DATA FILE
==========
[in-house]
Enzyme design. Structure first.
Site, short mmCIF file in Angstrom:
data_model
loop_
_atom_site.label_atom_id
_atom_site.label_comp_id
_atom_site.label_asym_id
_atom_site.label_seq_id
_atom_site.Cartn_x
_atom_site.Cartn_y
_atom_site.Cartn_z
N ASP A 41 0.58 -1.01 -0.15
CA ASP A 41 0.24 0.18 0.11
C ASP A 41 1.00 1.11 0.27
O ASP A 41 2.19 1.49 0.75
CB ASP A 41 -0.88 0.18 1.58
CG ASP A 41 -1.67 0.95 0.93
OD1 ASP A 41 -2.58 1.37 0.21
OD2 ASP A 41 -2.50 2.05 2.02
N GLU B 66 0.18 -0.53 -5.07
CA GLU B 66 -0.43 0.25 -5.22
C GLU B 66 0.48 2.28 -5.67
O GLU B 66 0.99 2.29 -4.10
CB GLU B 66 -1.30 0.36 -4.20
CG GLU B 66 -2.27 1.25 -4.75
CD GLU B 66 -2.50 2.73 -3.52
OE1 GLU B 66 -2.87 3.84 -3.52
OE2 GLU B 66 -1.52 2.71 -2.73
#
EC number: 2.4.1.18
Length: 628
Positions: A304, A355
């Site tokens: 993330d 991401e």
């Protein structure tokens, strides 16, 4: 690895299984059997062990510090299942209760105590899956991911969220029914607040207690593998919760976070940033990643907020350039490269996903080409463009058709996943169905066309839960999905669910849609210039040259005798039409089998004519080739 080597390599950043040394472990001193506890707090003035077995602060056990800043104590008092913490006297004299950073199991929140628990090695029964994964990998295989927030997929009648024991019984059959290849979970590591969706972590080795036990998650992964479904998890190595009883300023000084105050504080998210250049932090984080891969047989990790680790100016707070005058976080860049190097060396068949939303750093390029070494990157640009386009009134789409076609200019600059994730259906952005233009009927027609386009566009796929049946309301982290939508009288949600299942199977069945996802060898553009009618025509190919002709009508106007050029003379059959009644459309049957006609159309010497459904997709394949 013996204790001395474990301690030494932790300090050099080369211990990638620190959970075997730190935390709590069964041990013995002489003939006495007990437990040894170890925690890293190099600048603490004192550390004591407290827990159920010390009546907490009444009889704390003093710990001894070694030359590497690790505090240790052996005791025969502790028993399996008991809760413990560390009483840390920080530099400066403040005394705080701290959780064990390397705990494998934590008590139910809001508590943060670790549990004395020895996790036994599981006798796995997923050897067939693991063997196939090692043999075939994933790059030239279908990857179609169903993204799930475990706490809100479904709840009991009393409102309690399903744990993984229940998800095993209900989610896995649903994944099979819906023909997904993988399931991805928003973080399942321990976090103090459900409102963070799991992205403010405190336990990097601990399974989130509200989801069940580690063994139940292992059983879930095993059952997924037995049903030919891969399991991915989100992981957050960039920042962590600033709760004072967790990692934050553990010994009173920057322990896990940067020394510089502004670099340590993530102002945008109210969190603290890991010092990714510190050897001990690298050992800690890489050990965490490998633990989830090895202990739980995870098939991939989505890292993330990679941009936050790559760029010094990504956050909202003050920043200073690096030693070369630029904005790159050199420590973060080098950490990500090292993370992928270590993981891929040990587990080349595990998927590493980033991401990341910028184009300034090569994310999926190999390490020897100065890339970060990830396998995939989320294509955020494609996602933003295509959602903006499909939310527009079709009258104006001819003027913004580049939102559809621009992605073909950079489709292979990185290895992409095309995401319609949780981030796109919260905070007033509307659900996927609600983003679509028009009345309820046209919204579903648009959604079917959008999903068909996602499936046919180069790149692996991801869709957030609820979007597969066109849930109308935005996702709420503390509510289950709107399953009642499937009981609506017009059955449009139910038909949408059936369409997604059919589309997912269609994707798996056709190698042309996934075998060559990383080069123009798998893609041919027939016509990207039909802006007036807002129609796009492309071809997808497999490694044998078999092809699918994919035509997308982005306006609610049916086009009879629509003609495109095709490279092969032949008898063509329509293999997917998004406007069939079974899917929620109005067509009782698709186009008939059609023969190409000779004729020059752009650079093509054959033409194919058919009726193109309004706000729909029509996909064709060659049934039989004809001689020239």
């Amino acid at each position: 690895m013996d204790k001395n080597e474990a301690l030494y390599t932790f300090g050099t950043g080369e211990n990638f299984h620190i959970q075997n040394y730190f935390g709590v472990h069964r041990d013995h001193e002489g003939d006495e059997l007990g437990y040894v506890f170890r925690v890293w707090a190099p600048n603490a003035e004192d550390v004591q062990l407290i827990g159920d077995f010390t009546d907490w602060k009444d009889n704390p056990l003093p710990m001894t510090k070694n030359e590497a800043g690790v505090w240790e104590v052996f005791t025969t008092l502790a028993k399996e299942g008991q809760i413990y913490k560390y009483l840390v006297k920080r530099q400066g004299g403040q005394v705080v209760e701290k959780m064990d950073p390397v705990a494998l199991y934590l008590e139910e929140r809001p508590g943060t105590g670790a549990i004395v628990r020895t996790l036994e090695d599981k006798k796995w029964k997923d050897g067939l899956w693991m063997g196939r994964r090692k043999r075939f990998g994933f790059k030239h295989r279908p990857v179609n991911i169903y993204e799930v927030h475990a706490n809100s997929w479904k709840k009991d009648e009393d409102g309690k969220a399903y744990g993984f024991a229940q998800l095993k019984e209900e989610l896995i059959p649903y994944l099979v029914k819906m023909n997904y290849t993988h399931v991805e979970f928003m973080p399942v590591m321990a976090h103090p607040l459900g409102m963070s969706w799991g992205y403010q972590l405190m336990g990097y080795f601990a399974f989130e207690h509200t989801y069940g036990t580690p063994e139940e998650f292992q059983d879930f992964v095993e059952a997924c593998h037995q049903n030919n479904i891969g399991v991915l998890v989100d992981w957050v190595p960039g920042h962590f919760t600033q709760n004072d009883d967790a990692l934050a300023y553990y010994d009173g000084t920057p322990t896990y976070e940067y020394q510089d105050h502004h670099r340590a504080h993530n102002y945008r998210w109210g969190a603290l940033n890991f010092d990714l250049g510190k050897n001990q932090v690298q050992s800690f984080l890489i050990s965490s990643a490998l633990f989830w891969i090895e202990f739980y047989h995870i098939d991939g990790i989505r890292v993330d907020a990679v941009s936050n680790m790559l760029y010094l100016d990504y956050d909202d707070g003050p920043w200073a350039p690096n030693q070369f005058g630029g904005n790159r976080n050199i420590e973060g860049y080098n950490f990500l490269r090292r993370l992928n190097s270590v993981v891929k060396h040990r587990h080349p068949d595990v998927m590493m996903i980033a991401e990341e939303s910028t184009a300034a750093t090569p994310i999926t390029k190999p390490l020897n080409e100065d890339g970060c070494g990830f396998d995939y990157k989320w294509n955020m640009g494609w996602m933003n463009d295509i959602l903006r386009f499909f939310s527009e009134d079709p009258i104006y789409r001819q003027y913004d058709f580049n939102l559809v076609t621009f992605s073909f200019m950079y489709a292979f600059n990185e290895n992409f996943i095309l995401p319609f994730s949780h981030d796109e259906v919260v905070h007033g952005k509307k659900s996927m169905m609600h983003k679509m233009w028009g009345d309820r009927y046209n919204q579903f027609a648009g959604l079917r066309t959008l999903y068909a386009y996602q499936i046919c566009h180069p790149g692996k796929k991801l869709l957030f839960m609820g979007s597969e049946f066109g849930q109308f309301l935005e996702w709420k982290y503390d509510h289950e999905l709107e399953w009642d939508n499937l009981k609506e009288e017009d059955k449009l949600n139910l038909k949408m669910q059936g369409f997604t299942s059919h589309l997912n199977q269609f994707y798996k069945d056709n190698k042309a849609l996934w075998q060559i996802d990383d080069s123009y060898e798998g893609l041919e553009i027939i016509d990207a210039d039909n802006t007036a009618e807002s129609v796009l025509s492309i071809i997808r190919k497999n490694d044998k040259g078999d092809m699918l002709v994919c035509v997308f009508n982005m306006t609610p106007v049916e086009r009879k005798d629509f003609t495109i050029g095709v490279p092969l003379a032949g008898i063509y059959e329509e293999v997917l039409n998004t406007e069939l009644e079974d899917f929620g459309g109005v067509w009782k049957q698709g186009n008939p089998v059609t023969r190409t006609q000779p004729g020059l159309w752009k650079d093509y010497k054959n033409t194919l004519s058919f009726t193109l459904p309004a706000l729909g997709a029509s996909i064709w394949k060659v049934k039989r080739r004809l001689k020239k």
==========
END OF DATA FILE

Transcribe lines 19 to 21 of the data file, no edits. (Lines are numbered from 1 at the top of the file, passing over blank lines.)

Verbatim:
OD1 ASP A 41 -2.58 1.37 0.21
OD2 ASP A 41 -2.50 2.05 2.02
N GLU B 66 0.18 -0.53 -5.07